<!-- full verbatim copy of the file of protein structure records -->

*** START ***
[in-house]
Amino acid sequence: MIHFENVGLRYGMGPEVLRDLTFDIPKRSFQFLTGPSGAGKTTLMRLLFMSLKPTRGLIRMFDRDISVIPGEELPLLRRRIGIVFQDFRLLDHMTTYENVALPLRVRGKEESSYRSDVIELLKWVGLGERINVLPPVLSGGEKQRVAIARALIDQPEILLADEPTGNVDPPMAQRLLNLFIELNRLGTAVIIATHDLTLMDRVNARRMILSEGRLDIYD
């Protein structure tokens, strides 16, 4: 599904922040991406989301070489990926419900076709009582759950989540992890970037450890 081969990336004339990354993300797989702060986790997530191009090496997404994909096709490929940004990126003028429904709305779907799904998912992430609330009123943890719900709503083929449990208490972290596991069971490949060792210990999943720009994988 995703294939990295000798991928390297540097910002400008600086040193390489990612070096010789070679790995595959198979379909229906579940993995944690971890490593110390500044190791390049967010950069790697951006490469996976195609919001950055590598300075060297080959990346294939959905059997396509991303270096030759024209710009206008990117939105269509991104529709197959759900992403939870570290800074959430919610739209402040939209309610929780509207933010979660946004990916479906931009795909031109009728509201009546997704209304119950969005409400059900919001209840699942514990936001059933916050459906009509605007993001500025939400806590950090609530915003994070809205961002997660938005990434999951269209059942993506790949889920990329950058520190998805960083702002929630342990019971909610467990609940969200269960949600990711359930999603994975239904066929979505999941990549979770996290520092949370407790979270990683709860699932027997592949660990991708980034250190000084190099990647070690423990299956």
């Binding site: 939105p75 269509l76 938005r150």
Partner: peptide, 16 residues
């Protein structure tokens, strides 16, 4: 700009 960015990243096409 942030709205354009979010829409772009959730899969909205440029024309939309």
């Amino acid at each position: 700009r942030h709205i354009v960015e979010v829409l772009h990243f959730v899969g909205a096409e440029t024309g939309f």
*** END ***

[in-house]
Amino acid sequence: MIHFENVGLRYGMGPEVLRDLTFDIPKRSFQFLTGPSGAGKTTLMRLLFMSLKPTRGLIRMFDRDISVIPGEELPLLRRRIGIVFQDFRLLDHMTTYENVALPLRVRGKEESSYRSDVIELLKWVGLGERINVLPPVLSGGEKQRVAIARALIDQPEILLADEPTGNVDPPMAQRLLNLFIELNRLGTAVIIATHDLTLMDRVNARRMILSEGRLDIYD
């Protein structure tokens, strides 16, 4: 599904922040991406989301070489990926419900076709009582759950989540992890970037450890 081969990336004339990354993300797989702060986790997530191009090496997404994909096709490929940004990126003028429904709305779907799904998912992430609330009123943890719900709503083929449990208490972290596991069971490949060792210990999943720009994988 995703294939990295000798991928390297540097910002400008600086040193390489990612070096010789070679790995595959198979379909229906579940993995944690971890490593110390500044190791390049967010950069790697951006490469996976195609919001950055590598300075060297080959990346294939959905059997396509991303270096030759024209710009206008990117939105269509991104529709197959759900992403939870570290800074959430919610739209402040939209309610929780509207933010979660946004990916479906931009795909031109009728509201009546997704209304119950969005409400059900919001209840699942514990936001059933916050459906009509605007993001500025939400806590950090609530915003994070809205961002997660938005990434999951269209059942993506790949889920990329950058520190998805960083702002929630342990019971909610467990609940969200269960949600990711359930999603994975239904066929979505999941990549979770996290520092949370407790979270990683709860699932027997592949660990991708980034250190000084190099990647070690423990299956």
């Binding site: 939105p75 269509l76 938005r150």
Partner: peptide, 16 residues
């Protein structure tokens, strides 16, 4: 700009 960015990243096409 942030709205354009979010829409772009959730899969909205440029024309939309």
């Amino acid at each position: 700009r942030h709205i354009v960015e979010v829409l772009h990243f959730v899969g909205a096409e440029t024309g939309f």